Tuesday, January 19, 2016

Thinking Live

Jane Feuer challenges a general sense of liveness and its role in the medium specific role of television. However, I wonder if we can think about the usefulness of liveness through two different ways that Feuer's essay brings up. I agree with Feuer's general consensus that liveness works as a way to "lend a sense of flow which overcomes extreme fragmentations of space" (19), but what exactly is liveness and what makes it unique in television.

"Just imagine yourself trying to throw yourself into the climax of a serious play. At the crucial moment you’re right in the mood. Then, suddenly you see an electrician or a camera man trying to steal second base right before your eyes." This is Dennis King, a popular actor in the 1950s live television era, complaining about how exactly liveness has changed his performance style. Newscasters are meant to carry a certain persona style that is quite different from film, and while I'm not exactly sure I believe this, McCluhan said in the Australian TV debate that sports players changed the way they moved based on the presence of cameras. Whether we want to see performance style as part of television's medium specificity or as simply an effect, liveness has certainly shaped some of TV's perception when it comes to performance. Even Feuer's description of the performance of David from GMA reveals TV's liveness (18).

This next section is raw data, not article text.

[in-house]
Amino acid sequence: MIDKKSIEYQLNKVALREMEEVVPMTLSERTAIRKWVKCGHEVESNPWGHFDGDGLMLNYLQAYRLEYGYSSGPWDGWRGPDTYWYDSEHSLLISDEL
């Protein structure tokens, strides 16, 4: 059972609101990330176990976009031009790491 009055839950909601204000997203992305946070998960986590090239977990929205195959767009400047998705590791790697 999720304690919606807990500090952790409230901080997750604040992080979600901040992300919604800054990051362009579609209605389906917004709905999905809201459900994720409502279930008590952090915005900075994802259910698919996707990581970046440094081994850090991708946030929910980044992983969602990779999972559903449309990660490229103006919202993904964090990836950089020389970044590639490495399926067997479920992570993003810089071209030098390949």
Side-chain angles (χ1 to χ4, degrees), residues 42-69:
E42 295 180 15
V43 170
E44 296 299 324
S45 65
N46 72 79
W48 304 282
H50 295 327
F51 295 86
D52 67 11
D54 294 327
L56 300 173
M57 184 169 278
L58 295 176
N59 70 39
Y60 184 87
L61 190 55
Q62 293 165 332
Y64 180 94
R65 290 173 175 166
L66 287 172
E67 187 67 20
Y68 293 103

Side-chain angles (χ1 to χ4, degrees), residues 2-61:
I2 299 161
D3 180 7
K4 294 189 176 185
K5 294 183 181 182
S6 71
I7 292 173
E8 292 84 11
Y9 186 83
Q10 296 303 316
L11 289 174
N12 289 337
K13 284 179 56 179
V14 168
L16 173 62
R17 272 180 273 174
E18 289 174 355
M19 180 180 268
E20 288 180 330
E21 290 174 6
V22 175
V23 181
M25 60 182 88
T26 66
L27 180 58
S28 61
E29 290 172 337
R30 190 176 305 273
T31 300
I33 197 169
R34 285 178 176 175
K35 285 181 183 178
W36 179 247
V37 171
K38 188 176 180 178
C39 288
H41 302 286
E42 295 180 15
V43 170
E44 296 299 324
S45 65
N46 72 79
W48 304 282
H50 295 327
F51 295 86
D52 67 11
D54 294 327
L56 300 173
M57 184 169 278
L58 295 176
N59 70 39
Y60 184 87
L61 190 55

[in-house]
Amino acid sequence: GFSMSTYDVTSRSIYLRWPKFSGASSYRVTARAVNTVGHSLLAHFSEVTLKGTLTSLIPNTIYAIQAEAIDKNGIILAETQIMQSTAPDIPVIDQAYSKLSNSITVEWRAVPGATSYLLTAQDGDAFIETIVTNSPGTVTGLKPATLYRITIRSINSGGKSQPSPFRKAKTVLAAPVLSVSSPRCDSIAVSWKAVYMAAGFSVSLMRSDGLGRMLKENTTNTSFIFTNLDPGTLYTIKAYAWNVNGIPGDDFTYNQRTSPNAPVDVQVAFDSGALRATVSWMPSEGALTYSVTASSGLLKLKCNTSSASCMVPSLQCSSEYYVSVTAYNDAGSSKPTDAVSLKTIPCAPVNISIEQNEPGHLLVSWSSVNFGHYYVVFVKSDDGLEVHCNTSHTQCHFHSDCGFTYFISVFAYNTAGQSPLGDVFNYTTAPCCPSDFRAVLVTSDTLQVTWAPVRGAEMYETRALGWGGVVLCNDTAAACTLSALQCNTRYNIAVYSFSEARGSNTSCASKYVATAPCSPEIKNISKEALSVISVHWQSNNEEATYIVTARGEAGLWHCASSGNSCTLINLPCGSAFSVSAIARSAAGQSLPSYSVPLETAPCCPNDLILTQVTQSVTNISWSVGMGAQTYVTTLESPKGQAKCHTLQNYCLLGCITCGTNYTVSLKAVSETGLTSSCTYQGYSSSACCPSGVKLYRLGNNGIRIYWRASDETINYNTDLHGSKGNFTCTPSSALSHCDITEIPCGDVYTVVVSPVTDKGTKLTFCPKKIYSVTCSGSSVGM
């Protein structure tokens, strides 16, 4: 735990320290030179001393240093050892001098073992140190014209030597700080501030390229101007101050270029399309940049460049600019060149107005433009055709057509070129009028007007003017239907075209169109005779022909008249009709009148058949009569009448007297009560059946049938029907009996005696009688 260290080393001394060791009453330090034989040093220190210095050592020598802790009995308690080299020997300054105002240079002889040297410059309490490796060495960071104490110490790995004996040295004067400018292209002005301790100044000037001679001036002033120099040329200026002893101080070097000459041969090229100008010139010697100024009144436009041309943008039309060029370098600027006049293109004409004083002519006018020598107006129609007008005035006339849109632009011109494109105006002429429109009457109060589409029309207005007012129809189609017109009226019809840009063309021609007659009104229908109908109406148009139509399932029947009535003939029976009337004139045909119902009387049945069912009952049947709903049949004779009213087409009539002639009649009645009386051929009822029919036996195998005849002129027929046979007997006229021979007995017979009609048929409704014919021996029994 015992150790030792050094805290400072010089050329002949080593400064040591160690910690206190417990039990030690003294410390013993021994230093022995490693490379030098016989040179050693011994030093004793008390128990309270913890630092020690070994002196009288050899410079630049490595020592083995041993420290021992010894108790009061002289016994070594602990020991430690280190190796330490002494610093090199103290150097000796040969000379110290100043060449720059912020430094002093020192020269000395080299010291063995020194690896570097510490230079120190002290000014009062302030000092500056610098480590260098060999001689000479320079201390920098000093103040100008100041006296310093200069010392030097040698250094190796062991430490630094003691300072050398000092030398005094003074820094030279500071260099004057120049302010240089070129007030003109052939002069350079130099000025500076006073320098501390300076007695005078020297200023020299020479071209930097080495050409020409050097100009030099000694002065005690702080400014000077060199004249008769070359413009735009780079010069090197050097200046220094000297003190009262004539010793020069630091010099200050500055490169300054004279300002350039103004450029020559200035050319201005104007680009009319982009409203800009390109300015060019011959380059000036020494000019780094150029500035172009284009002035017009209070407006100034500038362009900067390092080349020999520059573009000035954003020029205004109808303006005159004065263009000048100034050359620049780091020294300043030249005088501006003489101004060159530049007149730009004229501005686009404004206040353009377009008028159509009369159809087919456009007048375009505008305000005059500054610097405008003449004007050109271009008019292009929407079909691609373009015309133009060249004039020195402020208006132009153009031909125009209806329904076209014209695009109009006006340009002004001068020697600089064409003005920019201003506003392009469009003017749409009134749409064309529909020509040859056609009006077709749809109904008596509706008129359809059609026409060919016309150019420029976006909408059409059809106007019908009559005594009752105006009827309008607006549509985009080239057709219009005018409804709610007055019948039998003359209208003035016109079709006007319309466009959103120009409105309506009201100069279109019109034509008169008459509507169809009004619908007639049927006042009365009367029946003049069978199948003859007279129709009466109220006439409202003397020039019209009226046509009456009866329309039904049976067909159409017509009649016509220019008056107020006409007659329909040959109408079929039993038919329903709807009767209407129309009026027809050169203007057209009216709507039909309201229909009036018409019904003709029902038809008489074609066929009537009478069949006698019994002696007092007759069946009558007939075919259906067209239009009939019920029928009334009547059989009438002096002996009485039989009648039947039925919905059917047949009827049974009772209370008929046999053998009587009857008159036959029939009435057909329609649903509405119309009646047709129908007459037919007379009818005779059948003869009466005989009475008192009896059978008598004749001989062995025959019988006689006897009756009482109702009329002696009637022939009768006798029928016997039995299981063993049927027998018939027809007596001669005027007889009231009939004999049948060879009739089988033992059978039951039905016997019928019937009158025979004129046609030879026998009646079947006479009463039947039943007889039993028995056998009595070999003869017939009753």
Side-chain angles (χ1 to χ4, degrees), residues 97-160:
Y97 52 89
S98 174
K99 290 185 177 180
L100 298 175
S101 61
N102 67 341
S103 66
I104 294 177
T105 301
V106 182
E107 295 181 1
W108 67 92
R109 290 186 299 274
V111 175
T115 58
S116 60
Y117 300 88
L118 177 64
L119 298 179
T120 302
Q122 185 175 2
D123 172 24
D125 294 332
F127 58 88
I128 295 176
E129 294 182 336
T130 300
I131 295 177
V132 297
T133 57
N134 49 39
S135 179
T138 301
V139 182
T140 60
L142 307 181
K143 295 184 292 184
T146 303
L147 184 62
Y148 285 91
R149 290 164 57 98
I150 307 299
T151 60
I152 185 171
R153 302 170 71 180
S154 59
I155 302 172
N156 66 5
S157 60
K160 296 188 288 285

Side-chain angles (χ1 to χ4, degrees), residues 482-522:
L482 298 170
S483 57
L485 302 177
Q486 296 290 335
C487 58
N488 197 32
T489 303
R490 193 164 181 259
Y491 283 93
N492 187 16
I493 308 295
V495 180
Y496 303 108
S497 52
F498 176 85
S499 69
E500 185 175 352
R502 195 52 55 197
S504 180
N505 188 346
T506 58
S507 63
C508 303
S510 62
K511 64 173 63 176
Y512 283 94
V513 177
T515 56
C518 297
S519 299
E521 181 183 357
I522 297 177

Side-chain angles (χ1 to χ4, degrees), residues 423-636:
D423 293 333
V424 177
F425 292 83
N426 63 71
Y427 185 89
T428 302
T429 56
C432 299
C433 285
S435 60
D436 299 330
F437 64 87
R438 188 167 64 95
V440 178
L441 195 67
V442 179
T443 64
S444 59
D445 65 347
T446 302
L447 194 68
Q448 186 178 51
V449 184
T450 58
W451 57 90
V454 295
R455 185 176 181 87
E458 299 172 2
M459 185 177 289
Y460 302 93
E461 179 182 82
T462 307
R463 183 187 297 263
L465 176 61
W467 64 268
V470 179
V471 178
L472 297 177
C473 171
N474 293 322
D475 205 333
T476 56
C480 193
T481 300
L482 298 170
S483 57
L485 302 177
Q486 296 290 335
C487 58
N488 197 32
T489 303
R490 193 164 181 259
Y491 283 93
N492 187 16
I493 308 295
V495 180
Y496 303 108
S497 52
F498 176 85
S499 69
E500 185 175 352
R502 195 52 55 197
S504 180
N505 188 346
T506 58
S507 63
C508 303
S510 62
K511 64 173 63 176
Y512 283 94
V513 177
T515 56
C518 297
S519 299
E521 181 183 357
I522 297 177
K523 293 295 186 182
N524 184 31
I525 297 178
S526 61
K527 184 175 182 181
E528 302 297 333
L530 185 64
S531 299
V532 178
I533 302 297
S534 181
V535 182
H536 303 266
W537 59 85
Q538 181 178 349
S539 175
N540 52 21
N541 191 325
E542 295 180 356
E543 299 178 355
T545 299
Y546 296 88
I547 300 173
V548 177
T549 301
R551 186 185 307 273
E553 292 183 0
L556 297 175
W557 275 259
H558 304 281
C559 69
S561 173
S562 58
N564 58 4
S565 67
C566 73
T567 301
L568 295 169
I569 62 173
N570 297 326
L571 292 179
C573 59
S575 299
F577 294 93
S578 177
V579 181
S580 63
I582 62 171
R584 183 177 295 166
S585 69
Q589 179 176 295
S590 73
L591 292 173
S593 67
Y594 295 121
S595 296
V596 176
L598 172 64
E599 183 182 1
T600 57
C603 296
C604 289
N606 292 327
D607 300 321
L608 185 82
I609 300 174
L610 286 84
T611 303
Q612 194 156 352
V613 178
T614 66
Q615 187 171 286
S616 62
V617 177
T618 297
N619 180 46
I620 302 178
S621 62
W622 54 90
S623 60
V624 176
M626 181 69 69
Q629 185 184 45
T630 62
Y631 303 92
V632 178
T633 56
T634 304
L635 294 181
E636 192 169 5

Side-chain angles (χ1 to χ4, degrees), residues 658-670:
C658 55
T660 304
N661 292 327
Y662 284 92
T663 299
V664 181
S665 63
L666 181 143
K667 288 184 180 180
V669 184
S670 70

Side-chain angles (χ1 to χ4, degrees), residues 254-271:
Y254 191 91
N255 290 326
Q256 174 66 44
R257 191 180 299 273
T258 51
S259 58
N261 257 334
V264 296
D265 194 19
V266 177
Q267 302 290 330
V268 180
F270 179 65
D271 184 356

Feuer discusses the role of advertisers in the role of its program's "mode of address" and its opaqueness (21). But thinking about the specificity of advertisers, this reminds me of a way we can think about the medium specificity of television in its historical place. When movies feature advertisers, they have to be extremely broad—product placement, or perhaps "Buy War Bonds" in 1940s American films (I guess the theaters themselves can be hyperlocal). In TV, however, often advertisers have a better idea of who is watching, not just in terms of space, but also TIME. We often think of television liveness in terms of its broadcast content, but what about its reception. Advertisements are often thought of in terms of their live reception (say, cleaning products in the morning, beer commercials in the evening). So perhaps there is a live element to reception that must be considered when thinking about why television works the way it does?

—Peter Labuza

Dennis King quote from Arthur Altschul, "From Stage to TV: Dennis King Finds That Video Presents New Challenge to the Performer," New York Times, Feb 20, 1949.

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